Bob - Didn't notice your posting until after I had hit "save" for mine.. This does certainly make sense that the power to the batteries would remain the same as I suppose you simply could not take 220V power converted to DC power and expect to charge a 125V (or whatever the proper nominal voltage is) battery pack; what I mean to say is, since you already have to have fairly good control over voltage and amperage to the batteries, might as well make it consistent no matter what the incoming voltage.

AndY1
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Re: Charging voltage vs. battery damage

After thoroughly roasting my battery yesterday on its equalization charge cycle (it got up to 41ºC on a 12ºC day), I think I'll probably stick with 110V charging no matter what my vehicle...

That is very strange. I had done EQ cycle two weeks ago. The ambient temperature was 11°C and the battery, at the end of the EQ cycle, was only 19°C.

Wildfire
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Re: Charging voltage vs. battery damage

More bizarre still was a quick check of the resting voltage on the bike this morning which showed... 205V
Umm, WTF?? It was reporting 145V shortly after the completion of the equalization charge...

At 1,750miles, I believe this is my first equalization charge so I'll be interested to see what all this means for my range and condition of my batteries..

kingcharles
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Re: Charging voltage vs. battery damage

I encountered an EQ charge 2 days ago.
I started with a batt temp of 25c so gave it 30 mins pre cooling.
After the bulk charge temp was 19c
When I noticed that the 3 amp charge was taking forever (with intermediate cooling) I realized it was an EQ charge.
In all the complete charge took 7 hours and the final temp was 14c.
Ambient temp was 12c at the start and 10c in the end.
My bike has 3800 km and is charged twice a day on workdays.
All my charge cycles are starting around 128v (3-4 bars on the gauge) and the bike usually has a target voltage of 153-155v.
I don't do deep discharges anymore since the bike has enough range to get me to the office. Sometimes with strong headwinds I get the red battery light but I see this as a natural gauge reset moment.
My commute is 30km one way and I do most of that 80-95km/h in order to keep up with traffic.
I think so far my battery is in good shape considering I received my bike 4 months ago after it being stored for over 2 years. Production label shows sept. 2007
My only issue is that the orange wrench illuminates once in a while for about a minute. But the dealer promised to have a look at this next time he is in the neighbourhood.

Once you go EV, Gas is history!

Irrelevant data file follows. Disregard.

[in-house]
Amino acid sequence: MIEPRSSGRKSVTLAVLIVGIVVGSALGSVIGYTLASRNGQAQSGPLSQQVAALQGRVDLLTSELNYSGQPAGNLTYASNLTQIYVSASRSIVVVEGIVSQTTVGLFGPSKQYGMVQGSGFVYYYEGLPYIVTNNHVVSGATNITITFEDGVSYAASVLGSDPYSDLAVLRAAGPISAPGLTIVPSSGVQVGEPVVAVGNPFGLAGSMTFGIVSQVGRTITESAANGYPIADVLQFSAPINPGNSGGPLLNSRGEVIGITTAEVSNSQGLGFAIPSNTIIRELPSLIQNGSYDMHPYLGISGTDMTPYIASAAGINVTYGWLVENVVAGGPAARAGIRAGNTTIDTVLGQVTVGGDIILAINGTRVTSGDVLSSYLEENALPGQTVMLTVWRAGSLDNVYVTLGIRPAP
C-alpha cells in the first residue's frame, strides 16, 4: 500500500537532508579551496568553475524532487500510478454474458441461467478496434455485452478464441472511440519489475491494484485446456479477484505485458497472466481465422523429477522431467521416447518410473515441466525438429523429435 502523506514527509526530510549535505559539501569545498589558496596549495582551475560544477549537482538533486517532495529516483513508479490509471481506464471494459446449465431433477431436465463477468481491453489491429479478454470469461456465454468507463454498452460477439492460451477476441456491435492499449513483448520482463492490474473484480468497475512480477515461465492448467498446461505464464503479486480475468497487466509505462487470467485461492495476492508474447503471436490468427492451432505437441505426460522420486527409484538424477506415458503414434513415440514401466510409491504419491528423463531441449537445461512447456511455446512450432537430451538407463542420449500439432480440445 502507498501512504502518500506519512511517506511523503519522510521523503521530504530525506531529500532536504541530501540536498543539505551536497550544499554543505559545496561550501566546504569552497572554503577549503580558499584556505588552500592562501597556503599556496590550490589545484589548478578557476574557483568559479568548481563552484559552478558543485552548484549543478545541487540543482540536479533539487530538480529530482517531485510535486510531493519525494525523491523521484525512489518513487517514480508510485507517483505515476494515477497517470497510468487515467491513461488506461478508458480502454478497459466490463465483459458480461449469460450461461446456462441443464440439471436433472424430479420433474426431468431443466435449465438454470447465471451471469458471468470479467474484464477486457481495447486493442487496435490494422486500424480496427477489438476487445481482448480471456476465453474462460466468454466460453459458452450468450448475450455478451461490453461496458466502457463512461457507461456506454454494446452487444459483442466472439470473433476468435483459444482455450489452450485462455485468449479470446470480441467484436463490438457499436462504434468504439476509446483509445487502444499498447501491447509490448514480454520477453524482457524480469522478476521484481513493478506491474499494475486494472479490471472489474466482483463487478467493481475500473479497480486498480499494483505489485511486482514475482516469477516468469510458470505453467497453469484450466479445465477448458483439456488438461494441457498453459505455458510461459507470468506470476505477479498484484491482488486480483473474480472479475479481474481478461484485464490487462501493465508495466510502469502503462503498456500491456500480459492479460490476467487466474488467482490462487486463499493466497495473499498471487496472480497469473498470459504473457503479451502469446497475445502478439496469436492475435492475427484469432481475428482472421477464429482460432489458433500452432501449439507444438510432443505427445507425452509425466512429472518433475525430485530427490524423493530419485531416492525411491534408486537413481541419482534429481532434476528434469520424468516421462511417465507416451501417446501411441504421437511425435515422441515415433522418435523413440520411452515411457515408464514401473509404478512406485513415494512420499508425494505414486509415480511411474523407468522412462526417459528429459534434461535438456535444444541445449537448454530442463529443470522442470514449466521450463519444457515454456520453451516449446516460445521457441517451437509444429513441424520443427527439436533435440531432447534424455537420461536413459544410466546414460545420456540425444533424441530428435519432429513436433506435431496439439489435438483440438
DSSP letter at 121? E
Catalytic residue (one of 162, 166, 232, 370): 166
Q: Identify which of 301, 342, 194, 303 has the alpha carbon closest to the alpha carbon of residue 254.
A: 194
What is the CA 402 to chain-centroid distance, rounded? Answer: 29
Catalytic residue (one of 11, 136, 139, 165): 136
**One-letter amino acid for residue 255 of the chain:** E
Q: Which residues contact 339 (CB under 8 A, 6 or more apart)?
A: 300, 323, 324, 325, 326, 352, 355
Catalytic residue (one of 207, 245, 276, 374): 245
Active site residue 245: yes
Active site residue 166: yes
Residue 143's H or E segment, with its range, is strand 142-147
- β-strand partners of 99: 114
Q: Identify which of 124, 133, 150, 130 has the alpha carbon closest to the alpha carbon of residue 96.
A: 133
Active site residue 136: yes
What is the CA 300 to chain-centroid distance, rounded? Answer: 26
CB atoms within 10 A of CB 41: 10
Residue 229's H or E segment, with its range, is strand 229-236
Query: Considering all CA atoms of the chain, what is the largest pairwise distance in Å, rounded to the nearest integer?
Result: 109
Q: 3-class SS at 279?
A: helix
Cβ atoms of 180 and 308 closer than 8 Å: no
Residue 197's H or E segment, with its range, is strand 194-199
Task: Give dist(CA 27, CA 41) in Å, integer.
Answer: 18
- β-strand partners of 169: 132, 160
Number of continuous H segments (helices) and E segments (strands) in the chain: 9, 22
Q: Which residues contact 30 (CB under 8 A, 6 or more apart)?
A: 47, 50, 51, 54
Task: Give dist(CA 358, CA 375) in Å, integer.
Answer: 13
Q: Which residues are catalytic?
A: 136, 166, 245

AndY1
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Re: Charging voltage vs. battery damage

My only issue is that the orange wrench illuminates once in a while for about a minute. But the dealer promised to have a look at this next time he is in the neighbourhood.

You don't need to worry about that since it's a CANBUS sync error and it does RESET at that time. All bikes do that, some more, some less, since it's a hardware chip problem.

R
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Re: Charging voltage vs. battery damage

That is very strange.
Not strange at all. If the battery is unbalanced and some cells are damaged, it is normal to see those 41 ºC. If you only get 19ºC after EQ, you still have a well-balanced pack... you are a lucky man.
R
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Re: Charging voltage vs. battery damage

voltage on the bike this morning which showed... 205V

Firmware bug. Happened before....
kingcharles
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Re: Charging voltage vs. battery damage

You don't need to worry about that since it's a CANBUS sync error and it does RESET at that time. All bikes...

There is always a very short interruption of drive/power when the orange wrench light comes on. Is that also part of the same error?

Once you go EV, Gas is history!

Wildfire
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Re: Charging voltage vs. battery damage

Yup, I've experienced the same.. The power interruption on mine (actually feels like regen kicks on) is only for a split second, but the wrench icon stays on for a good half mile or so..

AndY1
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Re: Charging voltage vs. battery damage

That is very strange.
Not strange at all. If the battery is unbalanced and some cells are damaged, it is normal to see those 41 ºC. If you only get 19ºC after EQ, you still have a well-balanced pack... you are a lucky man.

And my EQ cycle charge lasted less than 2 hours. I checked the bike after 1 hour of EQ and it was still EQ charging. I again checked after 2 hours and the bike was already turned off. I really must have well balanced pack, but I'm really taking care of my pack. I hope it lasts.

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Re: Charging voltage vs. battery damage

I can also comfirm that the yellow wrench indicator is a "normal" issue of the Vectrix, since i got it 15 months ago, i have now 9300kms and its still does it from time to time, nothing happens, it simply goes away and everything stays the same.

kingcharles
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Re: Charging voltage vs. battery damage

My only concern is that it seems that the interval between the hickup seems to get shorter. But maybe it's just me.

Once you go EV, Gas is history!